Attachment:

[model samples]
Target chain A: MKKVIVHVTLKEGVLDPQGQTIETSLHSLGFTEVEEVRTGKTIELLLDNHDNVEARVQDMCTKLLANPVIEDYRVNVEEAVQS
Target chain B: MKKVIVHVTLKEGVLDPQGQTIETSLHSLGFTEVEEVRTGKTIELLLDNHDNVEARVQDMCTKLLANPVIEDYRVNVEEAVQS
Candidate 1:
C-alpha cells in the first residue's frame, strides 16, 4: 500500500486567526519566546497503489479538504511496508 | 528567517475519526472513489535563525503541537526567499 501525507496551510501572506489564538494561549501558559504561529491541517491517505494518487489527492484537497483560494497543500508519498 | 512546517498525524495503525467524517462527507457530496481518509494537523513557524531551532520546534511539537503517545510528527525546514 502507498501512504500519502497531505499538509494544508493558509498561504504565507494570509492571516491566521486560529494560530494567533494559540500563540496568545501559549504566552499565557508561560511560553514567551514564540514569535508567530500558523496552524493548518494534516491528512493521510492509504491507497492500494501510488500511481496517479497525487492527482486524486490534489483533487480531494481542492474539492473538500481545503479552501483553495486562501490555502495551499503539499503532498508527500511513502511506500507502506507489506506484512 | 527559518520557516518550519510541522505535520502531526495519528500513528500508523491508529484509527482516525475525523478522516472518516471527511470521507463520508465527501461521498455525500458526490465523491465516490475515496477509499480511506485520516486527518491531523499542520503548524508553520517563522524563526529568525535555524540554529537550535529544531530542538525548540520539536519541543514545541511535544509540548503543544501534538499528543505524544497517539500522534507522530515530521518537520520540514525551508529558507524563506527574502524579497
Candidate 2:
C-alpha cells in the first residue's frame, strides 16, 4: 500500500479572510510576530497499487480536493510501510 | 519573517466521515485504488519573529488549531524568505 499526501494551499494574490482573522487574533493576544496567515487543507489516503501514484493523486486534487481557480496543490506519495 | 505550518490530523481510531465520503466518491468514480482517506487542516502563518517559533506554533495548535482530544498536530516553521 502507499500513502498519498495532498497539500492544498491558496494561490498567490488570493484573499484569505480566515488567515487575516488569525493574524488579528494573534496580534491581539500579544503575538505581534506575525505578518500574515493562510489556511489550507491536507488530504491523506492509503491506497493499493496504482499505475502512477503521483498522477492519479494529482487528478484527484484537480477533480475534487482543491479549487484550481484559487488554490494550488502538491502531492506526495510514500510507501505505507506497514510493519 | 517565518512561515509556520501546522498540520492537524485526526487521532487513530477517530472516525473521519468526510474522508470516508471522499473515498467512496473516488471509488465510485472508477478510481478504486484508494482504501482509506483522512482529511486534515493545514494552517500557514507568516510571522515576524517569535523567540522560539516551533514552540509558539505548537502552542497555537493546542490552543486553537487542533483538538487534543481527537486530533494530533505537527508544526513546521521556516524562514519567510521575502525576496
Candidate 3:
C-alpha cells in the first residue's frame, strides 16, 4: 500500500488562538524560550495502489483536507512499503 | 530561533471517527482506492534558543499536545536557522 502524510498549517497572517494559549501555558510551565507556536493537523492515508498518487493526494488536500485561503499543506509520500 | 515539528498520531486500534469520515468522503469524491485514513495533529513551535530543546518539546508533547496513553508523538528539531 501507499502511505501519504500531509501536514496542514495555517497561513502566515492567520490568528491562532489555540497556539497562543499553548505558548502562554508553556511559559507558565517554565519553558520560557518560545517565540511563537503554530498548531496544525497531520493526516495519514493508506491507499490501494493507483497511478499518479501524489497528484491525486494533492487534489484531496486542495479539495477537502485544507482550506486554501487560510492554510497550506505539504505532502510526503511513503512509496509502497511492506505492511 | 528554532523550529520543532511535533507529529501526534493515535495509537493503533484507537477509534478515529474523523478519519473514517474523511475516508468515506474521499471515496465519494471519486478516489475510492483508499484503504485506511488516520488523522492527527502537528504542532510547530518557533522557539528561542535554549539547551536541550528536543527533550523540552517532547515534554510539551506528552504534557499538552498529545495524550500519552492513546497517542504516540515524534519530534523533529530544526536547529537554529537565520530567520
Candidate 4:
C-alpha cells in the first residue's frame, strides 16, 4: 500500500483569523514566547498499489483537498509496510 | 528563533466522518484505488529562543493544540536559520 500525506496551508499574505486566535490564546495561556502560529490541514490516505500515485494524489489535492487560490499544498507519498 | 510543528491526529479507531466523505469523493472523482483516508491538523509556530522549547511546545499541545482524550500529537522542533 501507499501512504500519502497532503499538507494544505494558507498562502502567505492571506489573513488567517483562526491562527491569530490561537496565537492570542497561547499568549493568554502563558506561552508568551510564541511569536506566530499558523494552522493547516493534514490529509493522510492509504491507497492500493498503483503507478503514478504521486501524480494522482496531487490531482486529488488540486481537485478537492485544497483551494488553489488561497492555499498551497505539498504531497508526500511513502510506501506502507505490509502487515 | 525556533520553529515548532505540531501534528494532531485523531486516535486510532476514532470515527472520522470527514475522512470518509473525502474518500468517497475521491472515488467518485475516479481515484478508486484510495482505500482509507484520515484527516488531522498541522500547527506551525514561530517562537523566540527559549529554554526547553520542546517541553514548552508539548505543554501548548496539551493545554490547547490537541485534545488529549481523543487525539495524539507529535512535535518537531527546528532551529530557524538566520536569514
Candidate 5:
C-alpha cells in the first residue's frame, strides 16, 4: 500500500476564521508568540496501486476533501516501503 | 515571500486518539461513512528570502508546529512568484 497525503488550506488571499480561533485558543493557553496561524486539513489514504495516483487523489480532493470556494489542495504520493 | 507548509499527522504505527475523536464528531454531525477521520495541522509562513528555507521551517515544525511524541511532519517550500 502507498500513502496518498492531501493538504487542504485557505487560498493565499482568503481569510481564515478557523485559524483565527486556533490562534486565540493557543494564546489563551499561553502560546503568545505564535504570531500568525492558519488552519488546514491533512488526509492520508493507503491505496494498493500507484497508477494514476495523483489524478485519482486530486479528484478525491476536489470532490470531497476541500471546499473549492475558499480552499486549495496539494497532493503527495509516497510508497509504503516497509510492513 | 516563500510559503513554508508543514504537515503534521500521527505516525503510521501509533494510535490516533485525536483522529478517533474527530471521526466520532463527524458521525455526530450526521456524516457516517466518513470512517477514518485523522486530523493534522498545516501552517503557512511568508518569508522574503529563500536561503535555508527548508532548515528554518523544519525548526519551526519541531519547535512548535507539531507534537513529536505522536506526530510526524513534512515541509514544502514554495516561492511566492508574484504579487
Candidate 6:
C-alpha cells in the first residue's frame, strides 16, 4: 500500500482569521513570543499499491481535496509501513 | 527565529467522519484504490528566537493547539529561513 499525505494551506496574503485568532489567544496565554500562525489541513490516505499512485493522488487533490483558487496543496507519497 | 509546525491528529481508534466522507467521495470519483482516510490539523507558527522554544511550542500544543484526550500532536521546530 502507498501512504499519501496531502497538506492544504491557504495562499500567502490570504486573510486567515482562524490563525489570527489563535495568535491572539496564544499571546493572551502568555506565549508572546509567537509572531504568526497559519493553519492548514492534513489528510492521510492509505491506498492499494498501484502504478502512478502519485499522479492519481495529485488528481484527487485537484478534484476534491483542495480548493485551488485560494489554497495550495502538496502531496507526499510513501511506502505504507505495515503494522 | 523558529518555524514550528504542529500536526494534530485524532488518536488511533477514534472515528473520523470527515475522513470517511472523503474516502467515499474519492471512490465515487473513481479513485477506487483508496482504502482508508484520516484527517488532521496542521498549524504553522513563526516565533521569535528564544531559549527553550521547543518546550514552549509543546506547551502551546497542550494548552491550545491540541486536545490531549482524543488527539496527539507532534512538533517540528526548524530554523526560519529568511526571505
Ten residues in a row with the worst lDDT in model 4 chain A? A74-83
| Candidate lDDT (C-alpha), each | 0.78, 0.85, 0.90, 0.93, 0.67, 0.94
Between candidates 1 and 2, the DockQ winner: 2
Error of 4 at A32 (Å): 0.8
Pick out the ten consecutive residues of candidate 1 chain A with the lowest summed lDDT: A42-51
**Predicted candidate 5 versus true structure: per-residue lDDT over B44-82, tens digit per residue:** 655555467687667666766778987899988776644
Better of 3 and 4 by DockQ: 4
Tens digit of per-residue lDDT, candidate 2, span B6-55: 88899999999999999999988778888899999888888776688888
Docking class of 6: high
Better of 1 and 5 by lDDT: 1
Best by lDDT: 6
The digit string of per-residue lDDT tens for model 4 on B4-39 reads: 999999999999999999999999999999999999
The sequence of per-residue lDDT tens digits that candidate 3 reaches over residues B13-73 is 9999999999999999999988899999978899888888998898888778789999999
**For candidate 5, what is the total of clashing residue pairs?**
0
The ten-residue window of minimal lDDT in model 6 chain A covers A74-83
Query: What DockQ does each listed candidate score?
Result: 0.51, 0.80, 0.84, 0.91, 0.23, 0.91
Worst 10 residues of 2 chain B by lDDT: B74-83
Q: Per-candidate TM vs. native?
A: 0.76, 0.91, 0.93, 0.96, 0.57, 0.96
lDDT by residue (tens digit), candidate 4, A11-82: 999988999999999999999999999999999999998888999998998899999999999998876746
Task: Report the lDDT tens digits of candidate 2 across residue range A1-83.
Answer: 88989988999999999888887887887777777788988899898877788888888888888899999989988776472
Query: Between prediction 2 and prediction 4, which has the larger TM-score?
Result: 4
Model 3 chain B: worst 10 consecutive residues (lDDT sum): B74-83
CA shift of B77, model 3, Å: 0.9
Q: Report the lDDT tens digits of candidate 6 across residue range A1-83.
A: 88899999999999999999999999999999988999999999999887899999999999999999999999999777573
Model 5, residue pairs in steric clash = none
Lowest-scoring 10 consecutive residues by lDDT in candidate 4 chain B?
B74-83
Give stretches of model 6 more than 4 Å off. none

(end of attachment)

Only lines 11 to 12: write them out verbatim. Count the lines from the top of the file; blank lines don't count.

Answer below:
C-alpha cells in the first residue's frame, strides 16, 4: 500500500483569523514566547498499489483537498509496510 | 528563533466522518484505488529562543493544540536559520 500525506496551508499574505486566535490564546495561556502560529490541514490516505500515485494524489489535492487560490499544498507519498 | 510543528491526529479507531466523505469523493472523482483516508491538523509556530522549547511546545499541545482524550500529537522542533 501507499501512504500519502497532503499538507494544505494558507498562502502567505492571506489573513488567517483562526491562527491569530490561537496565537492570542497561547499568549493568554502563558506561552508568551510564541511569536506566530499558523494552522493547516493534514490529509493522510492509504491507497492500493498503483503507478503514478504521486501524480494522482496531487490531482486529488488540486481537485478537492485544497483551494488553489488561497492555499498551497505539498504531497508526500511513502510506501506502507505490509502487515 | 525556533520553529515548532505540531501534528494532531485523531486516535486510532476514532470515527472520522470527514475522512470518509473525502474518500468517497475521491472515488467518485475516479481515484478508486484510495482505500482509507484520515484527516488531522498541522500547527506551525514561530517562537523566540527559549529554554526547553520542546517541553514548552508539548505543554501548548496539551493545554490547547490537541485534545488529549481523543487525539495524539507529535512535535518537531527546528532551529530557524538566520536569514
Candidate 5: